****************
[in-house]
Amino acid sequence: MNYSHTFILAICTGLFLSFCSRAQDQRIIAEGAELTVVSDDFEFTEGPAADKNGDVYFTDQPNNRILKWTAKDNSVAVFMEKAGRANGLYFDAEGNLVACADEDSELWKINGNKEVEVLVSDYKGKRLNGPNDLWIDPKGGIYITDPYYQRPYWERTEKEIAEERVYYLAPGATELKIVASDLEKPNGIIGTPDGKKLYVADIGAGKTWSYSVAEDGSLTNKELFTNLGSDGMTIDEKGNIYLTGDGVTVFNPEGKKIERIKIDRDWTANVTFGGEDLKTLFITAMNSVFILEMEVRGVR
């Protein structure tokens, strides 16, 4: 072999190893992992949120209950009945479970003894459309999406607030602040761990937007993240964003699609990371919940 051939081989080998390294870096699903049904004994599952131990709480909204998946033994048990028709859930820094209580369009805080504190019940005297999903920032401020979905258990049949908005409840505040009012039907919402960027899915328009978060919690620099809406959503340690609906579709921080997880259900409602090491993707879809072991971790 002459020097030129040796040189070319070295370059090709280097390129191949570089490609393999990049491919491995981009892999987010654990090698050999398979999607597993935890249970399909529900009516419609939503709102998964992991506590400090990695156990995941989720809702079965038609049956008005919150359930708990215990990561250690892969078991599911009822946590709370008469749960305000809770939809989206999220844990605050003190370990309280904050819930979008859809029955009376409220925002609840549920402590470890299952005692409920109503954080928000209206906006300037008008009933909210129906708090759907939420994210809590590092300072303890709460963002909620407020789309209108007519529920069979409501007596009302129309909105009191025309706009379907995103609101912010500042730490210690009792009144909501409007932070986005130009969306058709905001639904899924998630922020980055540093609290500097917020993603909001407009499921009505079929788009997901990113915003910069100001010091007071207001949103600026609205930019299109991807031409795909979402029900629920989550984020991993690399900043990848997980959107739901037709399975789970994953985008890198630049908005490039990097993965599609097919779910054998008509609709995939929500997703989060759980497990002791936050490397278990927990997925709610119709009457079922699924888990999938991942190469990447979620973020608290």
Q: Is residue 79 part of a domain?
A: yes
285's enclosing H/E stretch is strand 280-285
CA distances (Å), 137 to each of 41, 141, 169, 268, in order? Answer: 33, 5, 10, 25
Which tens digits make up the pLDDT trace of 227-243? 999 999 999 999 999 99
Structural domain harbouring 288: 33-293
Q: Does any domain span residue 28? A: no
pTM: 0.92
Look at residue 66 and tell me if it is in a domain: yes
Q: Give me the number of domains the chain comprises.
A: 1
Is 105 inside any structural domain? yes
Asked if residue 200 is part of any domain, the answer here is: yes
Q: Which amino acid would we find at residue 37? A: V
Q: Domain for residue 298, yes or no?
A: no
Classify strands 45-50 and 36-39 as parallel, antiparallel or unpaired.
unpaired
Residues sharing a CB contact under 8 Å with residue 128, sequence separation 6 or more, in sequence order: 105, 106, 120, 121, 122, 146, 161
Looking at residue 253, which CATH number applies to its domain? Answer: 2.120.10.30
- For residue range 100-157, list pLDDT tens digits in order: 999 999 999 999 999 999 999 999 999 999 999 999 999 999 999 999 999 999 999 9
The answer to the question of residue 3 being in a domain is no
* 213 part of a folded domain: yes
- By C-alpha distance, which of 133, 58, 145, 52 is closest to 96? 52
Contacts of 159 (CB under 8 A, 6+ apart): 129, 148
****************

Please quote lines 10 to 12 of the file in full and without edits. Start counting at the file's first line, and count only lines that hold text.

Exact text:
Q: Does any domain span residue 28? A: no
pTM: 0.92
Look at residue 66 and tell me if it is in a domain: yes